What is Latisse (bimatoprost)?
Latisse (bimatoprost) is a synthetic prostaglandin analog that resembles and mimics the effects of natural chemicals (prostaglandins) produced by the body, and is used for reducing intraocular pressure (IOP) and increasing the growth of eyelashes. The exact mechanism of action is unknown.
Latisse may reduce IOP by increasing the outflow of aqueous humor from the eye of individuals with narrow angle glaucoma. Excessive aqueous humor may cause optic nerve damage and visual loss. Latisse may increase eyelash growth by increasing the duration of the growing phase of the eyelash.
Common side effects of Latisse include:
- itching of the eyes,
- growth of eyelashes,
- eye irritation,
- dry eyes,
- eye redness,
- eyelash darkening and reversible darkening of skin around the eyes,
- permanent brown pigmentation in the colored part of the eye, and
- hair growth in other areas of the body that it comes in contact with.
Serious side effects of Latisse include severe burning or itching of your eyes.
Drug interactions of Latisse include prostaglandin-like drugs used for treating elevated IOP when Latisse is used for eyelash growth. Latisse should be administered at least five minutes before or after other eye medications.
Latisse contains benzalkonium chloride, which may be absorbed by soft contact lenses. Contact lenses should be removed prior to application of Latisse, and may be reinserted 15 minutes following administration.
Use of Latisse in pregnancy has not been adequately evaluated. It is unknown if Latisse is excreted in human breast milk. Consult your doctor before breastfeeding.
What are the important side effects of Latisse (bimatoprost)?
Common side effects include:
- Itching of the eyes
- Growth of eyelashes
- Eye irritation
- Dry eyes
- Eye redness
- Eye lash darkening and reversible darkening of skin around the eyes
Bimatoprost may also cause permanent brown pigmentation in the colored part of the eye and hair growth in other areas of the body that it comes in contact with.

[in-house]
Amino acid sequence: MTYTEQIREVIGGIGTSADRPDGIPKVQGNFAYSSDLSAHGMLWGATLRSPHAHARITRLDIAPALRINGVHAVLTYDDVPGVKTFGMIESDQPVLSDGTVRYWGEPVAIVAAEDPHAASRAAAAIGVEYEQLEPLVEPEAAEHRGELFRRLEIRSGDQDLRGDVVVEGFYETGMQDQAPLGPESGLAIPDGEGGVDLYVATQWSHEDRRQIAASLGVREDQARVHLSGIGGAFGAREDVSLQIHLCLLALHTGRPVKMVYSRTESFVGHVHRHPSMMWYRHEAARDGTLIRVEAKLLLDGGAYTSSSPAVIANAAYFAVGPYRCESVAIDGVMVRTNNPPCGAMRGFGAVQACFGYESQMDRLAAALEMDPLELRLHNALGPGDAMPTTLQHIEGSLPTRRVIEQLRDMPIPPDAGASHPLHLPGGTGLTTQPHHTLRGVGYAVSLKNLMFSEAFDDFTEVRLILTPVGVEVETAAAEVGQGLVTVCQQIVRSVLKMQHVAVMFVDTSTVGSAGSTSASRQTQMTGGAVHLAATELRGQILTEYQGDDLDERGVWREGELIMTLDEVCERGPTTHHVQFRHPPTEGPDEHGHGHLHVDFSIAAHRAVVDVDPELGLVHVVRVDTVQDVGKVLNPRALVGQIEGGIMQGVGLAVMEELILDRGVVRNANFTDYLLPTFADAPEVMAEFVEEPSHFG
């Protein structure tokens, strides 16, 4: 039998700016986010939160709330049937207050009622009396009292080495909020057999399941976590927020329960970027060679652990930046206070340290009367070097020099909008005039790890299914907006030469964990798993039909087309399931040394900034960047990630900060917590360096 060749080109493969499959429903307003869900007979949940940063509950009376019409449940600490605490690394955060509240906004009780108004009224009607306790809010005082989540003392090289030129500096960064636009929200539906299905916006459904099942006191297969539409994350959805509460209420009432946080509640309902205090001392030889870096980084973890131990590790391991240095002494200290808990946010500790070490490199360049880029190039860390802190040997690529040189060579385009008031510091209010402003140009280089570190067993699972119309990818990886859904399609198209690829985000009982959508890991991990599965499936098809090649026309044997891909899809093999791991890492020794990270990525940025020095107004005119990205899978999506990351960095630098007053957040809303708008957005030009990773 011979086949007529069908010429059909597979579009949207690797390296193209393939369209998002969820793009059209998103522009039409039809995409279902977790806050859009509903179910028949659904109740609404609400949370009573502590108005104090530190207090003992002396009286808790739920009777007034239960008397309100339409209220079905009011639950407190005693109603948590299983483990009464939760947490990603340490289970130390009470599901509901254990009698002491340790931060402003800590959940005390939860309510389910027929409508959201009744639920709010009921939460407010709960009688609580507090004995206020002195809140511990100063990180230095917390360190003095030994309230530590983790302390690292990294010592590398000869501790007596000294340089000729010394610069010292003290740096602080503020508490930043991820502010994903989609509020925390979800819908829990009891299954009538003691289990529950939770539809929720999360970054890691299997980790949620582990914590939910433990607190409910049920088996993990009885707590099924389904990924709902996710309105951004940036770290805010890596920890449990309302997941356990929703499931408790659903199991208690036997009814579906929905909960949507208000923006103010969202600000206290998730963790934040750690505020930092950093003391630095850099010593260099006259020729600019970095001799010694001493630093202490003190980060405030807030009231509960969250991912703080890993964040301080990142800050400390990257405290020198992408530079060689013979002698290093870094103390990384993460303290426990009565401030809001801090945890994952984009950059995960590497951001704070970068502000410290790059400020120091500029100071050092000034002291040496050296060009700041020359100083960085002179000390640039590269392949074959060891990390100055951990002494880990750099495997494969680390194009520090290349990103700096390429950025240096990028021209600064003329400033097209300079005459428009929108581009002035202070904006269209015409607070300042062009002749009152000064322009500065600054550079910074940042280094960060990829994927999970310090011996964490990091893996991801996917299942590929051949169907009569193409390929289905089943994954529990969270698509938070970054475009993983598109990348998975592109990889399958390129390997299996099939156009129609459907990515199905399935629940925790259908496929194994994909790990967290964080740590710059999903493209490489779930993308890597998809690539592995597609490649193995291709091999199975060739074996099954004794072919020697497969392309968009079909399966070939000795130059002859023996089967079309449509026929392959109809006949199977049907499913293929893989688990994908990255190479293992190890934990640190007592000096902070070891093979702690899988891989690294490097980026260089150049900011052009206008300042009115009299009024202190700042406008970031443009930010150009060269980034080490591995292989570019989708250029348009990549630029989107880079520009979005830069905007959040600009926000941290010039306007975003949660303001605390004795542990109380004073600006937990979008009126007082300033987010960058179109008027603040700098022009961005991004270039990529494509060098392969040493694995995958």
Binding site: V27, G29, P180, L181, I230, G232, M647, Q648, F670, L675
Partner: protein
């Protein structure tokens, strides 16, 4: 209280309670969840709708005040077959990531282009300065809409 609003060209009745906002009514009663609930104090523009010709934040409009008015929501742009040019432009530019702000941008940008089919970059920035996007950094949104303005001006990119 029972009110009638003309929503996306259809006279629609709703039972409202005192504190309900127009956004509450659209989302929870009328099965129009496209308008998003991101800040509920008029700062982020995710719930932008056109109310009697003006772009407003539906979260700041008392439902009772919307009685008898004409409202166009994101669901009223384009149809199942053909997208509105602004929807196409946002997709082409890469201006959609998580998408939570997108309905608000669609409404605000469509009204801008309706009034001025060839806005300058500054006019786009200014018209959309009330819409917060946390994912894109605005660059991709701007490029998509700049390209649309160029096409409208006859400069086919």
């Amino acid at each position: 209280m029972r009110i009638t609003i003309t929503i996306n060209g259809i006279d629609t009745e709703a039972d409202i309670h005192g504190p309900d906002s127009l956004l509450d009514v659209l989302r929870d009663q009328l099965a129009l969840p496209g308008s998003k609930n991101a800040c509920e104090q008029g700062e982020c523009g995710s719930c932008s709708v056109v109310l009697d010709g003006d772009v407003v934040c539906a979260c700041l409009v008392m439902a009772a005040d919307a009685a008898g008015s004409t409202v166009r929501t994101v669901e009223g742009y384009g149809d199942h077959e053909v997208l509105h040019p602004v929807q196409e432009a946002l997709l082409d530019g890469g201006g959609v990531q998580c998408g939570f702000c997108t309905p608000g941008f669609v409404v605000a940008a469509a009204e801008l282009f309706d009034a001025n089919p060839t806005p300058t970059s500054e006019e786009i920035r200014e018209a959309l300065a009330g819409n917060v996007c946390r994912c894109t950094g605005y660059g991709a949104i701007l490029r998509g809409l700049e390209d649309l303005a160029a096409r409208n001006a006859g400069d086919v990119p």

Latisse (bimatoprost) side effects list for healthcare professionals
The following adverse reactions are described elsewhere in the labeling:
- Effects on Intraocular Pressure
- Iris Pigmentation
- Lid Pigmentation
- Hair Growth Outside the Treatment Area
- Intraocular Inflammation
- Macular Edema
Clinical Trial Experience
The following information is based on clinical trial results from a multicenter, double-masked, randomized, vehicle-controlled, parallel study including 278 adult patients for four months of treatment.
The most frequently reported adverse reactions were:
- eye pruritus,
- conjunctival hyperemia,
- skin hyperpigmentation,
- ocular irritation,
- dry eye symptoms, and
- periorbital erythema.
These reactions occurred in less than 4% of patients. Additional adverse reactions seen in clinical trials experience include foreign body sensation, hair growth abnormal, and iris hyperpigmentation.
Additional adverse reactions reported with bimatoprost ophthalmic solution (Umigan) for the reduction of intraocular pressure include:
- ocular dryness,
- visual disturbance,
- ocular burning,
- eye pain,
- superficial punctate keratitis,
- eye discharge,
- allergic conjunctivitis,
- conjunctival edema,
- infections (primarily colds and upper respiratory tract infections),
- headaches, and
The following adverse reactions have been identified during postapproval use of Latisse. Because these reactions are reported voluntarily from a population of uncertain size, it is not always possible to reliably estimate their frequency or establish a causal relationship to drug exposure.
The reactions include:
- dry skin of the eyelid and/or periocular area,
- eye swelling,
- eyelid edema,
- hypersensitivity (local allergic reactions),
- lacrimation increased,
- madarosis and trichorrhexis (temporary loss of a few lashes to loss of sections of eyelashes, and temporary eyelash breakage, respectively),